Monday, November 29, 2010

No, we're not better than that

Today's letter from Philip Gates referring to W's enthusiasm for torture and stating that we should never do it has drawn some predictably bloodthirsty responses in the comments. "Sheesh Deluxe" responds, "Yes our enemies torture, but we are better than they are, and we do not." I think the tone of the comments shows that this is an ideal, not a fact.

A former President not just admits to it, but brags about prosecuting war crimes, and his partisans, all of whom I'm sure believe that they are morally superior beings, defend both the man and the practice with every infantile argument they can muster. Starla Ryer (aka Ryder) asks, "Shall we just sit idle and allow the current atrocities to continue or shall we retaliate and fight fire with their sort of fire?," apparently blind to the inevitability of this sort of behavior not only extending the atrocities, but escalating them.

There is of course no real intellectual debate about this. Military, intelligence and lawnforcement professionals agree categorically that torture does not produce useful intelligence, it impedes investigations and prosecutions, and it aggravates conflicts, creating more enemies than it eliminates. It's both morally and tactically indefensible. We know it's not just wrong, it's stupid. Yet a large body of us, including a recent President and Vice-President, continue to encourage the use of torture, evidently (from the comments) because it satisfies their lust for revenge.

Every religion and philosopher warns against this sort of passion. It is utterly destructive, and leads inevitably to terrible results. To the extent that we give in to it, regardless of the power of our cities, we are uncivilized.

This sort of thinking is a growing cancer in America, and we have to resist it everywhere. The tinpot Teapublican "patriots" who wrap themselves in flags even as they trample American values in the dirt would enthusiastically turn this country into a fascist, imperialist dictatorship on a scale that even Mussolini could not have imagined. Wherever reasonable, moral people fail to respond and maintain control, they win a little ground.

No, we're not better than this, and that's why we have to work harder to control our animal passions and defend our better values. Maybe one day we will be better, and this debate will be an antique curiosity. For now, it's an active threat to all Americans, and the world.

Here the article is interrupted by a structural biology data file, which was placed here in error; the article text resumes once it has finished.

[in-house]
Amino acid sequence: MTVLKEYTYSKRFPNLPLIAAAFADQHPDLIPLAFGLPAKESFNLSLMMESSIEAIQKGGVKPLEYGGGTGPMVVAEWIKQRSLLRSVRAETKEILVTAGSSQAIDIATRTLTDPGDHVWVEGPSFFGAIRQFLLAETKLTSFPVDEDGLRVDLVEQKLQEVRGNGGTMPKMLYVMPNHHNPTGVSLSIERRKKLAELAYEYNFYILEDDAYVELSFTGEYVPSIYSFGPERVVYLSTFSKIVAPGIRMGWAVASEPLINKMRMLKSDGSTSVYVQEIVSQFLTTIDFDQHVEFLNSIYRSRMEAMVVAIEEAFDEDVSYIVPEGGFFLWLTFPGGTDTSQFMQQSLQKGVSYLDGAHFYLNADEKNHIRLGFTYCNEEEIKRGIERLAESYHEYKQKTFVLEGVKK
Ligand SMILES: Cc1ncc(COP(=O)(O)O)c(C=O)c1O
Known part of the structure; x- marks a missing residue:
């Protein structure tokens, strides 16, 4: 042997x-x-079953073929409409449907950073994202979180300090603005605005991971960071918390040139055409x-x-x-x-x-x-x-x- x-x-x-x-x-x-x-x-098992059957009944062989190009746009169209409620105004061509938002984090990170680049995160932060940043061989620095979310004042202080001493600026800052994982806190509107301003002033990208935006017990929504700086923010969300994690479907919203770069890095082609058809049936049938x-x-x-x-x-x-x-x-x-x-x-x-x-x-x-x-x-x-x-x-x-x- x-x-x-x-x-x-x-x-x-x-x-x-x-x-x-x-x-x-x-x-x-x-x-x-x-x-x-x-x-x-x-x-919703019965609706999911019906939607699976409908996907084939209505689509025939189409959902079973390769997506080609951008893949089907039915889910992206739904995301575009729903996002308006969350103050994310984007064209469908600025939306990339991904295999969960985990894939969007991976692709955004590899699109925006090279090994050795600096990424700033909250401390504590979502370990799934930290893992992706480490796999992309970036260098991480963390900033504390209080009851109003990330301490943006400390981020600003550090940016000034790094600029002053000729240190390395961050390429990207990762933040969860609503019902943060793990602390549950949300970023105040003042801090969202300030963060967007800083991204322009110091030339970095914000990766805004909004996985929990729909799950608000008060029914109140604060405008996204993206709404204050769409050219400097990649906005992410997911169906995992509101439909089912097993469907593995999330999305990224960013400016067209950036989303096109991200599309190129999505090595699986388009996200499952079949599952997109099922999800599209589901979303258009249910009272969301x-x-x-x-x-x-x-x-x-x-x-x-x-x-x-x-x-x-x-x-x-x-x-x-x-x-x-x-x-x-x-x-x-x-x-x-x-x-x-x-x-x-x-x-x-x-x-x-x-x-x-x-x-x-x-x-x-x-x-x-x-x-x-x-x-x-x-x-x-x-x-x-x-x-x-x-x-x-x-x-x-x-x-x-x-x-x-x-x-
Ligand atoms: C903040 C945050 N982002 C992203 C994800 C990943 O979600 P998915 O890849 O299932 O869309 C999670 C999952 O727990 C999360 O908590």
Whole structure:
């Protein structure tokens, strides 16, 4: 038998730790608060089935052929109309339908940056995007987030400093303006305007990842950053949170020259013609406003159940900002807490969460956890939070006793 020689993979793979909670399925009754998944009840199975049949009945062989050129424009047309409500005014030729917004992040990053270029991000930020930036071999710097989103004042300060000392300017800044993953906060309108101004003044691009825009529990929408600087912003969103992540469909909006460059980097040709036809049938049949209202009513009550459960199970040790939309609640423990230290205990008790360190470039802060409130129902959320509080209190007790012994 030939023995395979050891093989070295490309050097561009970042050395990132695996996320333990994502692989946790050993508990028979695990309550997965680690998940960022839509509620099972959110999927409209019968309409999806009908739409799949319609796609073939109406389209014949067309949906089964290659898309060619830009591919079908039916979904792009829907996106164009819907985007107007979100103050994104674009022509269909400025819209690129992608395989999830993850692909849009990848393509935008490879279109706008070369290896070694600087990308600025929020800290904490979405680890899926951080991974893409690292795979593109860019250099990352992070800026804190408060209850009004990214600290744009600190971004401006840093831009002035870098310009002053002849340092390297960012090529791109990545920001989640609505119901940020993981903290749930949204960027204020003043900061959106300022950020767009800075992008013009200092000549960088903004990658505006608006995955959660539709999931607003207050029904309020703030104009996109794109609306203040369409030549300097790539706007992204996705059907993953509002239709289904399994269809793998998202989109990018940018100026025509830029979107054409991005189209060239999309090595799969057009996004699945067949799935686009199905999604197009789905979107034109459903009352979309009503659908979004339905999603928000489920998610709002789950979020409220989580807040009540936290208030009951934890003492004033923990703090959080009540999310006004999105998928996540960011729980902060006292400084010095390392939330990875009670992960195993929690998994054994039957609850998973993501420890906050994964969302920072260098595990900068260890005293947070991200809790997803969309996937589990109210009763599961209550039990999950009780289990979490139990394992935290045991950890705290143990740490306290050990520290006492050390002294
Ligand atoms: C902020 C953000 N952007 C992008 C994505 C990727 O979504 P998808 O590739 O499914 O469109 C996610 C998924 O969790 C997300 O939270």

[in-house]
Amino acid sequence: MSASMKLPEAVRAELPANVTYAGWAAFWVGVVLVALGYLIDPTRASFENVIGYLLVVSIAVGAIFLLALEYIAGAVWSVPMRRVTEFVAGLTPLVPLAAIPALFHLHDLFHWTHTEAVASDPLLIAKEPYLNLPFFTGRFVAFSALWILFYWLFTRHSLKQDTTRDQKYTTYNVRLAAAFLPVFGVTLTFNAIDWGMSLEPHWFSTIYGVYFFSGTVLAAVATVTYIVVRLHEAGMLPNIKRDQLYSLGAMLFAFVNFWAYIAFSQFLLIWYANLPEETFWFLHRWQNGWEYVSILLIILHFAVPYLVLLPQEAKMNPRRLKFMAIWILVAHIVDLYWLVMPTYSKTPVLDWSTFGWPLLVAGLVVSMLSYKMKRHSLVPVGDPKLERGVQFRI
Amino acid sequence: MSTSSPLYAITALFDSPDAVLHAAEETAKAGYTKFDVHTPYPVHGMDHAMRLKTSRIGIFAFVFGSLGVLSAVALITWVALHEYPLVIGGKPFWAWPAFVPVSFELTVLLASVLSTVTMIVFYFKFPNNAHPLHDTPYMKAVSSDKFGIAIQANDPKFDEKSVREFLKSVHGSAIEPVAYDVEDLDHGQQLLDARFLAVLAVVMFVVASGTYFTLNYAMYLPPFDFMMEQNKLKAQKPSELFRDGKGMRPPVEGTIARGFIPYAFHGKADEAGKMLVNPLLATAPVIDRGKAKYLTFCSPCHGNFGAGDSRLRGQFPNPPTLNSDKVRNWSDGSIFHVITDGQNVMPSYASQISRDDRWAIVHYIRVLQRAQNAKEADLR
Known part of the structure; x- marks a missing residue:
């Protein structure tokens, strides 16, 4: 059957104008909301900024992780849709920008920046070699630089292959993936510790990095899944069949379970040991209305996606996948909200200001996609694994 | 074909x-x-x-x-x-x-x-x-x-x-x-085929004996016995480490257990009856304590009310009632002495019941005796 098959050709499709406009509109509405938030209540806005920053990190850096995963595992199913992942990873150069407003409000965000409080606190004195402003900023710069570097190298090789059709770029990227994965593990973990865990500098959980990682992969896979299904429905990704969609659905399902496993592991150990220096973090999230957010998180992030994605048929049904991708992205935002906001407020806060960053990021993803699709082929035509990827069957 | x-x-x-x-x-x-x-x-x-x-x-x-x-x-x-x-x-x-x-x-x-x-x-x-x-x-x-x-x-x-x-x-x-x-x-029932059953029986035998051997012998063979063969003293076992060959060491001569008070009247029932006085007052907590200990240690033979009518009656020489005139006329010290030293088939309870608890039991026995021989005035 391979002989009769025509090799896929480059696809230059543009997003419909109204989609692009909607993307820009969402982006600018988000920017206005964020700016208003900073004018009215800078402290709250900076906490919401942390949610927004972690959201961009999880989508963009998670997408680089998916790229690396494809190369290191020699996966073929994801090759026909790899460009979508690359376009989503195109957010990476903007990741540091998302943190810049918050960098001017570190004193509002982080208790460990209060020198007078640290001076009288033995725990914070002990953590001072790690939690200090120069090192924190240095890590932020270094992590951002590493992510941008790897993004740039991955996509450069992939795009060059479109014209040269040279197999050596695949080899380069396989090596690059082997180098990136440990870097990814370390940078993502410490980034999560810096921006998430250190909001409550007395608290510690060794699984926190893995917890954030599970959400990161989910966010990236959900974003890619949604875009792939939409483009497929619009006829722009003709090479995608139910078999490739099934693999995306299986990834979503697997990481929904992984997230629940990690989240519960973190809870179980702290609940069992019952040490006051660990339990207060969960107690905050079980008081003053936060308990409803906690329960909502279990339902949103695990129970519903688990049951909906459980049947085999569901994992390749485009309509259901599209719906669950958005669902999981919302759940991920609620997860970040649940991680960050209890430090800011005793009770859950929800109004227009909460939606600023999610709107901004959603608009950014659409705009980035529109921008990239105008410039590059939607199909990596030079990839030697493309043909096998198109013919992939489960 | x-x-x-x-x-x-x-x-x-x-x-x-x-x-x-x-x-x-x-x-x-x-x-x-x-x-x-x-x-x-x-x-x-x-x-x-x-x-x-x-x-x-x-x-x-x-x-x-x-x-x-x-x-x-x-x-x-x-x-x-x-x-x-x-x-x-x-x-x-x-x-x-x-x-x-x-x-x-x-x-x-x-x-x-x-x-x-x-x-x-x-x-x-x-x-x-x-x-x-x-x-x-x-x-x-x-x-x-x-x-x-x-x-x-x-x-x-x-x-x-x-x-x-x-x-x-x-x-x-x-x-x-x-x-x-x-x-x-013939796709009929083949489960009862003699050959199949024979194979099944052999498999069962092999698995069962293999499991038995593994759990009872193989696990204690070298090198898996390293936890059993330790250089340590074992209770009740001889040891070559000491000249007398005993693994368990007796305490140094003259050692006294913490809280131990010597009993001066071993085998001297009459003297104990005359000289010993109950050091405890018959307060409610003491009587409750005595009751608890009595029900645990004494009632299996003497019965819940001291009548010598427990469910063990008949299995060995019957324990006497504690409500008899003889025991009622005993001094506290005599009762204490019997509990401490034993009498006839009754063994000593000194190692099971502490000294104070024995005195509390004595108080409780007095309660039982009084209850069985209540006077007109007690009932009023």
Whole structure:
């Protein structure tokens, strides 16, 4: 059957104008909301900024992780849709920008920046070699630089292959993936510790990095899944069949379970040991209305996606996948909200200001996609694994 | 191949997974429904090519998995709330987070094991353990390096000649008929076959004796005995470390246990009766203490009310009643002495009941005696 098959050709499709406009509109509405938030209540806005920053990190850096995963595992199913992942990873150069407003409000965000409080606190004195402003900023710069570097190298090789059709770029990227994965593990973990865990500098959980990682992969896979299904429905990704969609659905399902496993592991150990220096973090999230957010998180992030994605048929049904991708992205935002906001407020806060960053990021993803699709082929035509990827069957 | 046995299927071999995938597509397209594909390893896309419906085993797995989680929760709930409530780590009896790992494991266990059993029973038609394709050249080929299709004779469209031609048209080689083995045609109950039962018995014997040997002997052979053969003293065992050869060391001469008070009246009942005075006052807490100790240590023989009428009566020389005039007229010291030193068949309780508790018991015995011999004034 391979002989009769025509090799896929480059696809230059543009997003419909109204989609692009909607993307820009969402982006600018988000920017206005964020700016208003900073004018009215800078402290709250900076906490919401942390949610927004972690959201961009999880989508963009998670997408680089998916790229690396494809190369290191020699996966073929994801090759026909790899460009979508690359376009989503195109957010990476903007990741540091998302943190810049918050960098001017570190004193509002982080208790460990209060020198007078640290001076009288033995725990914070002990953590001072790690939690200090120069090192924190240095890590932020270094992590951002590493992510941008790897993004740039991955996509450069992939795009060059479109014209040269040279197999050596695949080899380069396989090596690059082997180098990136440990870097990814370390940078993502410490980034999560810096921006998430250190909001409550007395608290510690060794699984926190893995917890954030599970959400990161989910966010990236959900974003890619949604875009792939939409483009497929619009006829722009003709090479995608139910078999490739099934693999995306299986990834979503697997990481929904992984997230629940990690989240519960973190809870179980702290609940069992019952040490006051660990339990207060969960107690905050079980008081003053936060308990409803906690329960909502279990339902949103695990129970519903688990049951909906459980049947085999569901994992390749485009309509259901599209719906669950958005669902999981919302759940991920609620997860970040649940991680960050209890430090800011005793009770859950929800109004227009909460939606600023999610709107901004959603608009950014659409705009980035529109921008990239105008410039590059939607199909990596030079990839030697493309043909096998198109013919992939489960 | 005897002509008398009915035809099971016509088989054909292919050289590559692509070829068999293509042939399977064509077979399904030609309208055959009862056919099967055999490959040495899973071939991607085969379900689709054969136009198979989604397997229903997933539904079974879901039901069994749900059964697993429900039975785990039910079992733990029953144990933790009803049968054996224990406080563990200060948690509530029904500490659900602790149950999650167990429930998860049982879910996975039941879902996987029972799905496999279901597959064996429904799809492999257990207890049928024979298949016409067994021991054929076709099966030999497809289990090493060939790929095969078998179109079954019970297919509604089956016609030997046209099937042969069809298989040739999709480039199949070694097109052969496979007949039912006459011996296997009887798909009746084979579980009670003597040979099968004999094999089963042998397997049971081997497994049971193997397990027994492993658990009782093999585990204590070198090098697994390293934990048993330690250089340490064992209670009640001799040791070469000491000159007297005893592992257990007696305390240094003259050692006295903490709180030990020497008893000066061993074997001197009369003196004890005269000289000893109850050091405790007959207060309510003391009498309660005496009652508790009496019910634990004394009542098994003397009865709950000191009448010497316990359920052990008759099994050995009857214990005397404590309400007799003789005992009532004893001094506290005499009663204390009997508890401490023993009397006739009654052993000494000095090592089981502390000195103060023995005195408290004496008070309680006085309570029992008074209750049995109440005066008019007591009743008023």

Comments jump the shark

Wednesday's awfully headlined "Man who used his cashier girlfriend to steal from store sentenced to probation" has attracted a bunch of comments from the girlfriend and the boy's father debating the relative goodness of people who "made a mistake" with the hang-'em-high crowd. It's a laff riot, and I think it bodes where our media may be headed.

Just around the corner, we may start to see perps, witnesses, neighbors and friends on teevee and in the papers, not responding to reporters' questions, but volunteering their points of view unedited and having their conflicts out in public, using their computers, cellphones, whatever.

This would be a new iteration of a phenomenon that's lately been out of style, the "open letter," in which people would use local papers to express themselves. I have copies of open-letter correspondence written by my great-grandfather and great-grandmother as they hashed out the grounds and defense for their impending divorce on the news page of the Kankakee Daily Gazette in 1920. It was ugly.

Like "reality teevee," I'm not sure that direct access to media like this will do much to edify society. But it will be "entertaining," so it will sell advertising.

Attention to detail

A couple of things caught my eye in today's edition that lead me to think someone left the controls on autopilot over the holiday weekend.

In the editorial highlighting local charities, the unnamed editor writes, "Two women are renovating, room by room, an old hotel for displaced veterans, which they have named the Downtown Prescott Inn." He's referring of course to what oldtimers remember as the AJ Head Hotel on North Cortez, renamed Downtown Prescott Inn years ago by some new owners who hoped to gentrify it. It resisted. The new people are just reusing the old name and signage. So the sentence is wrong in fact, and anyone who's been in town as long as the editor ought to know that backward and would not refer to the Head, the last historic, working residence hotel in town, as "an old hotel."

Over on the news side, "Elk's raffle under way" glares with an excess apostrophe, as if no one writing or editing the piece knows what the Elks Theatre is or understands basic punctuation. There's another one in the body of the piece ("Elk's building") right among better-punctuated references, so it's not just the hapless headline writer.

Roll your eyes at my pedantry if you like, but editors are supposed above all to be careful readers. These slips aren't small. So did the Courier staff farm out the weekend paper to a pasteup house in India, or what?